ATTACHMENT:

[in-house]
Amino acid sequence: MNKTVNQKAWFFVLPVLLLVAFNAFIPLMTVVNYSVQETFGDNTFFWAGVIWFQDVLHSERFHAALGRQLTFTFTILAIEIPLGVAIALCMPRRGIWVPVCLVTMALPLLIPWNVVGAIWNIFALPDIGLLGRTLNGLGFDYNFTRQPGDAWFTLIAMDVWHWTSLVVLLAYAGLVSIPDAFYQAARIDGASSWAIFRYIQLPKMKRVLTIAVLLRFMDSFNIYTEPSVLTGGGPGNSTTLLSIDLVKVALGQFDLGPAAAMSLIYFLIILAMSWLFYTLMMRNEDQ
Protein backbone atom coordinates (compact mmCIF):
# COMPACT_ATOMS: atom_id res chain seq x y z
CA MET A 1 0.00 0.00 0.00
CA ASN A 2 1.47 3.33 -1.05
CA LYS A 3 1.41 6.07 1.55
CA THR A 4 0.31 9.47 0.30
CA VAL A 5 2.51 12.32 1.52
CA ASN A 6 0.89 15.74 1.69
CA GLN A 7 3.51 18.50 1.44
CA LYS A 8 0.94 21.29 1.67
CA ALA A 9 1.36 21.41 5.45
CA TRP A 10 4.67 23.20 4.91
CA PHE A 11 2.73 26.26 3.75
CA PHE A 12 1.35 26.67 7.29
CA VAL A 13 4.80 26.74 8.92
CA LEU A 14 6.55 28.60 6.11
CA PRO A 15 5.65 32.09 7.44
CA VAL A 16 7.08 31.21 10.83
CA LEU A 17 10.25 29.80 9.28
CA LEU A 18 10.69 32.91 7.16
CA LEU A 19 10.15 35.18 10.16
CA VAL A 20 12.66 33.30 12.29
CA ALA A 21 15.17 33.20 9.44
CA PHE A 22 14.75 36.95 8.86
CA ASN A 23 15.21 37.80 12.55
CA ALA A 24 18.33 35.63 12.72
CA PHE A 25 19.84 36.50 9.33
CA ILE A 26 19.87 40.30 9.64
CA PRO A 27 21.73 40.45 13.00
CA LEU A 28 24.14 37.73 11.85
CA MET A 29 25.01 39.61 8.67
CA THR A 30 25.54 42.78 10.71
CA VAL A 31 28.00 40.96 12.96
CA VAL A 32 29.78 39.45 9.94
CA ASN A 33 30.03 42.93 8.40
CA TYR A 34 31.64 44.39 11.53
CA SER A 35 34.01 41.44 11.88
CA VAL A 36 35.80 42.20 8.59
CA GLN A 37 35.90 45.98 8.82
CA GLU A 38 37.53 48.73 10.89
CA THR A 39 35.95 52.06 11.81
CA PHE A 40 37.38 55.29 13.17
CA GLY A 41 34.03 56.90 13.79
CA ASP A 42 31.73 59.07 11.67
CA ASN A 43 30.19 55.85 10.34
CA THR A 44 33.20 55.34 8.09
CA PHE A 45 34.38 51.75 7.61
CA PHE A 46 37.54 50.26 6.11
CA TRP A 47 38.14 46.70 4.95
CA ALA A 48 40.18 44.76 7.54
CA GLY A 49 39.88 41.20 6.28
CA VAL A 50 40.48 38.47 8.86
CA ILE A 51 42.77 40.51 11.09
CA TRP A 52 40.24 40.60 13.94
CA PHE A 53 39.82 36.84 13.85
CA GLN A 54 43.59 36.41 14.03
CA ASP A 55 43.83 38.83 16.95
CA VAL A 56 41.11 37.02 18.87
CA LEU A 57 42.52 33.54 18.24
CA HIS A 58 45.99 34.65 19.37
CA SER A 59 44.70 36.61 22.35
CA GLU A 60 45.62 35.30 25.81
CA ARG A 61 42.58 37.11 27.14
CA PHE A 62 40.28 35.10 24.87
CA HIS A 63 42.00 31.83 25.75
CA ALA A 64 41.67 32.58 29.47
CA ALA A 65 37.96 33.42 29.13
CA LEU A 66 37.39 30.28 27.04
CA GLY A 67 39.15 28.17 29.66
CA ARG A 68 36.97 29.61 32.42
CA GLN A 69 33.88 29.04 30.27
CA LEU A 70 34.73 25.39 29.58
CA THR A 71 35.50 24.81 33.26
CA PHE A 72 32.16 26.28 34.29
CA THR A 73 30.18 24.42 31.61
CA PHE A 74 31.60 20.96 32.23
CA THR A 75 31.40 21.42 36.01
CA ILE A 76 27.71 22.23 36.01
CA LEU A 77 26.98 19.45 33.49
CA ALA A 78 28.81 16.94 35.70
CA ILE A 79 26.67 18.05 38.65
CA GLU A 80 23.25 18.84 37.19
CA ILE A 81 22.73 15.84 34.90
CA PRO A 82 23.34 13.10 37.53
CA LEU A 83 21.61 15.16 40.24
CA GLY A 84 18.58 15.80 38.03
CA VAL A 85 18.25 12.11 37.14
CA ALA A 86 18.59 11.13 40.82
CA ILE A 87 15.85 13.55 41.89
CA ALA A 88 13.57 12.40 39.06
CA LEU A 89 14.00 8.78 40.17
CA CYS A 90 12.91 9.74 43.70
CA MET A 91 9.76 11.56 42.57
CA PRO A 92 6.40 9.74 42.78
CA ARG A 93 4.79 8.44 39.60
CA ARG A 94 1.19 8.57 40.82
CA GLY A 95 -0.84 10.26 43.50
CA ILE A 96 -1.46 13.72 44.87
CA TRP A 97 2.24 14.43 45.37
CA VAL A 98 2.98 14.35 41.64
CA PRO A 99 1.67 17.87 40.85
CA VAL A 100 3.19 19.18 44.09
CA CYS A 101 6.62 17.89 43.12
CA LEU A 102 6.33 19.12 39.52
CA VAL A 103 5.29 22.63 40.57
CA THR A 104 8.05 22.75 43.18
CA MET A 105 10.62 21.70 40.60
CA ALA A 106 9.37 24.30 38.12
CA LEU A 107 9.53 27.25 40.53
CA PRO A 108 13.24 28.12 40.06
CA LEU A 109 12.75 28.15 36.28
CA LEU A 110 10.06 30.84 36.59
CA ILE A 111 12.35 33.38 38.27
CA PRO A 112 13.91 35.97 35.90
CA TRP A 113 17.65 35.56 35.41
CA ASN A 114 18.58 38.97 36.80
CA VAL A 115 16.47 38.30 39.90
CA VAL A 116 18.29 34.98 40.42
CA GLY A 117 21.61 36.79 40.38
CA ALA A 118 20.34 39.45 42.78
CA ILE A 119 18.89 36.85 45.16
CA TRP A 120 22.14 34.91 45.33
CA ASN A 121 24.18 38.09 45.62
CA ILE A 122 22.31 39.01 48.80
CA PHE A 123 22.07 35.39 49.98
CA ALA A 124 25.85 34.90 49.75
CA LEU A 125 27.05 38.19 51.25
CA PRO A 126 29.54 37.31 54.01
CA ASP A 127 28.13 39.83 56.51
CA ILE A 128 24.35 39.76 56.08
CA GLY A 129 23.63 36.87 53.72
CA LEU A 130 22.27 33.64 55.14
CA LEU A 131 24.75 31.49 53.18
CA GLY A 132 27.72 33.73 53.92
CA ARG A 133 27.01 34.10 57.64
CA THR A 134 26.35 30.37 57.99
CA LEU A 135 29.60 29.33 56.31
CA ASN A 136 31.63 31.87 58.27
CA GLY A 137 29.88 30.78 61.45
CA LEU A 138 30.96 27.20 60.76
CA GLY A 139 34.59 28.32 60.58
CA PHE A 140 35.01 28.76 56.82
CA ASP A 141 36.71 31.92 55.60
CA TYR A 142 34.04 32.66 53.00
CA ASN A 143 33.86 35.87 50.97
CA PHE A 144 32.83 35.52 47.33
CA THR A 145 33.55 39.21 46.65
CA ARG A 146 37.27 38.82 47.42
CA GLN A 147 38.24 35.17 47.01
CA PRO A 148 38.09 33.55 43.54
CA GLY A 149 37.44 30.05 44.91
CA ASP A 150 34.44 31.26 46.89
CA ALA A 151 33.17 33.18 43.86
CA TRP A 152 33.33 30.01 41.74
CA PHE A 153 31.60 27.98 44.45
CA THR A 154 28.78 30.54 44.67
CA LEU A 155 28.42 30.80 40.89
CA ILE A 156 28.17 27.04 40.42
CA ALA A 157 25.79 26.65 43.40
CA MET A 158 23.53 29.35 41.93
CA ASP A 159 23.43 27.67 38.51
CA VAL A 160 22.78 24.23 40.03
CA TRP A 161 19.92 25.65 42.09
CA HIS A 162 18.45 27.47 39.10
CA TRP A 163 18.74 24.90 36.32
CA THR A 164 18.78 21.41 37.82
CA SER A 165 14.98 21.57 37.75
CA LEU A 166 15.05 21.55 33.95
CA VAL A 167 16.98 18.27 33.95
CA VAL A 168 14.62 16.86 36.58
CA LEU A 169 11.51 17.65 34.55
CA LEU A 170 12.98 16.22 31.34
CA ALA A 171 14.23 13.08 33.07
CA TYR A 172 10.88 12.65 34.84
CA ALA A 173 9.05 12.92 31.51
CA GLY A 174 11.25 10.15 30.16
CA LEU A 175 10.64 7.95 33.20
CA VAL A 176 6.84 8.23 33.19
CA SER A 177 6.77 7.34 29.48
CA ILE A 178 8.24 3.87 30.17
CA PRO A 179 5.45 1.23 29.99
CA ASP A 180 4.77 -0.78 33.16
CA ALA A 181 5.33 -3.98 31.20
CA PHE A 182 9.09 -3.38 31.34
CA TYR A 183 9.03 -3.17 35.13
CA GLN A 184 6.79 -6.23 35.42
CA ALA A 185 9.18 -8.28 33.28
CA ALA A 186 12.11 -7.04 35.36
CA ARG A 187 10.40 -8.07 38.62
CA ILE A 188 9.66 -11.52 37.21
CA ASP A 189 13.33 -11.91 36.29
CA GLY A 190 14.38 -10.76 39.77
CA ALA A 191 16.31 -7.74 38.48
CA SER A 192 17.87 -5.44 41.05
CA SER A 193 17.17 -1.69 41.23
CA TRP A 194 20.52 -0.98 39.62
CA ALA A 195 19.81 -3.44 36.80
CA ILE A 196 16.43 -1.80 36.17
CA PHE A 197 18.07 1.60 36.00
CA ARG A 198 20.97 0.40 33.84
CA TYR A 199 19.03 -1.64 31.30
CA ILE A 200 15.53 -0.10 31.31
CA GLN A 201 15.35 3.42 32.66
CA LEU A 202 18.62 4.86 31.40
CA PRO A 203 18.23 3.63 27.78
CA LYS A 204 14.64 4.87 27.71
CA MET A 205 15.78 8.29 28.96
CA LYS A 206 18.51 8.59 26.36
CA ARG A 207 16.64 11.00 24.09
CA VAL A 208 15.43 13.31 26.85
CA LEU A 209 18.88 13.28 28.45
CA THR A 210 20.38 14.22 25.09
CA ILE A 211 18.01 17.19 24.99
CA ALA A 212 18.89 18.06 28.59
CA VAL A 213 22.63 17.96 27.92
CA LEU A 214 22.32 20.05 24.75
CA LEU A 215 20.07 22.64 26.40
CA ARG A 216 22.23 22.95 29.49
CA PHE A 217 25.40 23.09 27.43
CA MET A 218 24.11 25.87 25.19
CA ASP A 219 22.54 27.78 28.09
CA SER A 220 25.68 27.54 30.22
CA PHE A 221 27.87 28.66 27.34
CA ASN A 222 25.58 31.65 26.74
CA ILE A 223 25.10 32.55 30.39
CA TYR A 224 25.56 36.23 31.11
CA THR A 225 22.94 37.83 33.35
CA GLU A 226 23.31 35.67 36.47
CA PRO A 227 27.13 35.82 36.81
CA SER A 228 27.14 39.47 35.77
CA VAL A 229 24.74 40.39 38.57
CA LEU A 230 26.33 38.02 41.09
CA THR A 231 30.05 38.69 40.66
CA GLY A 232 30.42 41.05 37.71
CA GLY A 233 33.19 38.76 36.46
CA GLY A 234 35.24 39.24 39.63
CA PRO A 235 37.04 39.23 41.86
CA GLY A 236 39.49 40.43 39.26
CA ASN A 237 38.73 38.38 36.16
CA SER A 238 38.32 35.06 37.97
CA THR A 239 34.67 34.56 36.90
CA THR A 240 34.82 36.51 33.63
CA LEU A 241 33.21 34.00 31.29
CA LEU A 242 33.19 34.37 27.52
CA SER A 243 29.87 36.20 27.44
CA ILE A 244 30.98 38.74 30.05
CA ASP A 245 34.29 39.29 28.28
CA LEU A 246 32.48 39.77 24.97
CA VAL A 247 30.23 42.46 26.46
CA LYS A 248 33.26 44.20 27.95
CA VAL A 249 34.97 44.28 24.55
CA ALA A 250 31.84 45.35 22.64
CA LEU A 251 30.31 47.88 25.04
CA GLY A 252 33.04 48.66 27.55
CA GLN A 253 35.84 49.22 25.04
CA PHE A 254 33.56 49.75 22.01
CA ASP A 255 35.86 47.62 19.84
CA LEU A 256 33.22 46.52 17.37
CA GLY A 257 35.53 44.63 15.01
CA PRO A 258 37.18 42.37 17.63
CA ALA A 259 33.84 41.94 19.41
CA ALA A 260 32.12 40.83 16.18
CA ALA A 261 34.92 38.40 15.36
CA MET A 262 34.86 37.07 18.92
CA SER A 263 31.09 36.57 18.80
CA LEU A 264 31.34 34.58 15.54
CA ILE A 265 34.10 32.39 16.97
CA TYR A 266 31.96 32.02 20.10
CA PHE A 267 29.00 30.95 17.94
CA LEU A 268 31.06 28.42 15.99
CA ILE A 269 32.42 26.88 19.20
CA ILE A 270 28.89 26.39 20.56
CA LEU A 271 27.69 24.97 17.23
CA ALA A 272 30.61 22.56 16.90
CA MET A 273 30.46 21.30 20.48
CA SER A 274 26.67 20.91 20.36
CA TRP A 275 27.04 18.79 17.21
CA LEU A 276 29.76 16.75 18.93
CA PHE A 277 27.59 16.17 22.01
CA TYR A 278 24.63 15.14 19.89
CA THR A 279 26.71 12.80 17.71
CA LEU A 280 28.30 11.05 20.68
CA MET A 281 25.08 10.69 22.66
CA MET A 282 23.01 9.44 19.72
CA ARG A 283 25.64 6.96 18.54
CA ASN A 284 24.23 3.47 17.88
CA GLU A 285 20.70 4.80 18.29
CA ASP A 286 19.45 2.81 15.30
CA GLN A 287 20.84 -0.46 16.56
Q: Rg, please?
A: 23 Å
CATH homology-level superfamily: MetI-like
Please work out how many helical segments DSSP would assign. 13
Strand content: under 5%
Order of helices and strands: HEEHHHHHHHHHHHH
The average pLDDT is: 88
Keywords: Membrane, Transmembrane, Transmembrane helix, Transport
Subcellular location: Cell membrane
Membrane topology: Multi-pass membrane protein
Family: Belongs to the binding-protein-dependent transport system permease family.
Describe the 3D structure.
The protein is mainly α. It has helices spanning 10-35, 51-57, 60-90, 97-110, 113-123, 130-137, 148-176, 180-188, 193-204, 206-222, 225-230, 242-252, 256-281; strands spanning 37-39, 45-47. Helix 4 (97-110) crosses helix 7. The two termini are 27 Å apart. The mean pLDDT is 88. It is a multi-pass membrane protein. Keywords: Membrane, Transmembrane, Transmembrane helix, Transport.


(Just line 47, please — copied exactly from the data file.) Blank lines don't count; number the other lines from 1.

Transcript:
CA ASN A 43 30.19 55.85 10.34